An exemption from any obligations to declare how much money is earned outside of politics should be considered for local politicians, the group representing councillors has argued.
In response to a consultation on a review of the State’s ethics legislation, published on Tuesday, the Association of Irish Local Government (AILG) also warned against placing “additional extensive and onerous obligations and responsibilities on our members”.
The review suggests that certain categories of officials and politicians may have to make private declarations of income, assets or gifts, saying a “graduated approach” for disclosure obligations should be part of new legislation.
While accepting the requirement for public declarations on local politicians’ employment and business status, the AILG wrote that it would “question the need to make a further private declaration in relation to the amount of their remuneration particularly in relation to PAYE [Pay As You Earn] employment”.
They argued that in the case of a conflict of interest emerging, the amount of their pay would be “irrelevant” and that they should recuse themselves in any event.
The review published this week is not prescriptive on what kind of disclosure obligations would arise for different categories of public officials, but does recommend that a “limited number of broad categories be created” with varying degrees of disclosure required.
The AILG also raised other queries on plans to beef up disclosure requirements to a level that would introduce new obligations on local politicians.
Referring back to lapsed legislation – the Public Sector Standards Bill – which helped inform the review, the association argued that making local authority members “category A” public officials would create an obligation to make a “multitude of declarations” and to retain certain statements for up to 15 years.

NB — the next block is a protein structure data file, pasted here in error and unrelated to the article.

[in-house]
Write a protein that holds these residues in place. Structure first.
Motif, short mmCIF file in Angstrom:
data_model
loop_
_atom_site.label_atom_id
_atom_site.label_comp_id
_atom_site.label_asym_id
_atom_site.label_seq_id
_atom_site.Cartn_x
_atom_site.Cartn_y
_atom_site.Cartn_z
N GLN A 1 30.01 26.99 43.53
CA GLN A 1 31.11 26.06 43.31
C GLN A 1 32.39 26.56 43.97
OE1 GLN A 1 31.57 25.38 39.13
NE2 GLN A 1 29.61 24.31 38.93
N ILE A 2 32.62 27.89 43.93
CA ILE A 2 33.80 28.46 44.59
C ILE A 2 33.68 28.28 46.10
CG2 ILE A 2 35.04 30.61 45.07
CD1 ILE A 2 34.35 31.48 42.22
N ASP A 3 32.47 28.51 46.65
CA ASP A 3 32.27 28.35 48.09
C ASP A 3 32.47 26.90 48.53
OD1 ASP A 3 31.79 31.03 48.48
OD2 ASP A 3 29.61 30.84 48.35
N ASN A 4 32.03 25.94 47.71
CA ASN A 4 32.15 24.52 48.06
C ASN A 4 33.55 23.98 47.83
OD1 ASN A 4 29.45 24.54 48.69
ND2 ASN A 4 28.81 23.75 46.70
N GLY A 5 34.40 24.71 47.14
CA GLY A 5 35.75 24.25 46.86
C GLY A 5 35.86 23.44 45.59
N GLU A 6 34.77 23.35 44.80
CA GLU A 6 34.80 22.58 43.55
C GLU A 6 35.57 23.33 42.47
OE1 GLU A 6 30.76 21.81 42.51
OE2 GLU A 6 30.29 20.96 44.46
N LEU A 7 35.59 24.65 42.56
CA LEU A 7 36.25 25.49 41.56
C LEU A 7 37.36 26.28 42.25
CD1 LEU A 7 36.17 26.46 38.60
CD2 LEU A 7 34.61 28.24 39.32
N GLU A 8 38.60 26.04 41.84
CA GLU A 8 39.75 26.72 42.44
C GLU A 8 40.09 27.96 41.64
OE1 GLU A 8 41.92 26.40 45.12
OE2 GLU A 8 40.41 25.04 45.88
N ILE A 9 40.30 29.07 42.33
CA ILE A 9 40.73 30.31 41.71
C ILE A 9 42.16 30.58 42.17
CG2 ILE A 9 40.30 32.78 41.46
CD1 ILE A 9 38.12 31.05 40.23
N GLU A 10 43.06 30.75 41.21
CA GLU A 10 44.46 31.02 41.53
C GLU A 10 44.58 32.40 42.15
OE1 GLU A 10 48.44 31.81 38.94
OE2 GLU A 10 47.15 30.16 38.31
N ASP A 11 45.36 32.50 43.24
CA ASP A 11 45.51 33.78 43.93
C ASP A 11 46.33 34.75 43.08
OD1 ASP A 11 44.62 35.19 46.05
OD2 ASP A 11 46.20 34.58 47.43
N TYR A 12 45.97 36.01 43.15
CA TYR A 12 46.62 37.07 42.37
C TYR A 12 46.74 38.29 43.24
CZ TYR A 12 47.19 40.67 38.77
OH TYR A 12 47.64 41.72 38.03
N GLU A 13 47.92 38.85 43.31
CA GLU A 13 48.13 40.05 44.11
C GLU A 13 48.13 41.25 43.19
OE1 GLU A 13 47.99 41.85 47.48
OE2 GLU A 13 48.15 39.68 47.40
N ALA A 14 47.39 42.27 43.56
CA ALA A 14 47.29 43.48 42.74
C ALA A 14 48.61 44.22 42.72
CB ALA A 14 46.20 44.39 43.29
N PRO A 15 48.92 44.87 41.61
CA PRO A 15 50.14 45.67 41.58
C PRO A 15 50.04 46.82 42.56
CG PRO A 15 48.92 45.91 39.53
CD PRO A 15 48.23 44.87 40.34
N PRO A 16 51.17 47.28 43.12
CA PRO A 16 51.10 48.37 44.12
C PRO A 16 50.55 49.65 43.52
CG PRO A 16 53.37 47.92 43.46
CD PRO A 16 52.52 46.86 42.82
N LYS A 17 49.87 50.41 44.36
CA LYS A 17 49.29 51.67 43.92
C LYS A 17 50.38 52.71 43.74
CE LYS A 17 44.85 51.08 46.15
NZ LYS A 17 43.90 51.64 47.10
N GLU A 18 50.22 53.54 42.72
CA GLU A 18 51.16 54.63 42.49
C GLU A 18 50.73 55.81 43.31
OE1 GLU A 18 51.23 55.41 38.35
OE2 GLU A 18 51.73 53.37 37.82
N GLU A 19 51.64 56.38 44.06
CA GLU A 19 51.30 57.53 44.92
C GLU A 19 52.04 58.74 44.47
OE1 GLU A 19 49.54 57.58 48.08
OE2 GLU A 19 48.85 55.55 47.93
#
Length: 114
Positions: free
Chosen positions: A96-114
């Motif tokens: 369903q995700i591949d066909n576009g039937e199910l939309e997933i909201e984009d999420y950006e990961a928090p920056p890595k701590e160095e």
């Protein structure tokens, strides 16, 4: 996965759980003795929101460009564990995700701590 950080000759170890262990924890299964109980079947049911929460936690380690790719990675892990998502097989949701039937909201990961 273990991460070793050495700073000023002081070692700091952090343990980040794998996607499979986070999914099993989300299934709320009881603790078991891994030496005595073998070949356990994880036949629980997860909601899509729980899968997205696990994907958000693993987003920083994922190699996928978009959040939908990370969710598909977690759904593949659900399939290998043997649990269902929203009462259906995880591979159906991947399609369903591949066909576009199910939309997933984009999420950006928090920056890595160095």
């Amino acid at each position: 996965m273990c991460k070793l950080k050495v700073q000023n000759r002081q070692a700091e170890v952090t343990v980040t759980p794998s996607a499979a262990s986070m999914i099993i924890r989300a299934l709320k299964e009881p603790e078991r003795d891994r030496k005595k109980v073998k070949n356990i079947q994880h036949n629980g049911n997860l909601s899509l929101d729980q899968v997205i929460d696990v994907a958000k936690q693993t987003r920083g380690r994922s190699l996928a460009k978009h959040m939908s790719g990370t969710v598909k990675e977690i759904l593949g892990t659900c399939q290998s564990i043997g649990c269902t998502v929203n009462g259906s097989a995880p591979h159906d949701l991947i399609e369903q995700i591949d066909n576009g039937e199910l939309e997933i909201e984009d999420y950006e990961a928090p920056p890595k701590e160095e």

“This approach can have the unintended consequence of placing onerous administrative obligations on our members, who serve at local authority level with minimal secretarial and administrative backup,” the group wrote in its submission.
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The AILG also raised “serious concerns” about the prospect of powers for a standards commissioner, envisaged in the same lapsed legislation, which could accept complaints up to 12 months after an individual obtained evidence sufficient to make a complaint. It also said that the “yardstick for measuring sufficient evidence [to support a complaint] needs to be set at the higher end to combat malicious, vexatious or repetitious complaints”.
The review published this week suggests a standards commissioner could be augmented by a board structure.
In its submission, Transparency International Ireland recommended a “significant extension” of the current disclosure regime to include loans, liabilities and guarantees to the value of €30,000 or more. It said there should be provision made for the digitisation of returns demanded of office holders, officials and politicians.
“The current practice which only requires officials and public representatives to fill in, post or scan paper documents poses an undue administrative burden on officials and the Standards in Public Office Commission,” the NGO argued, saying it made search and retrieval difficult for the public.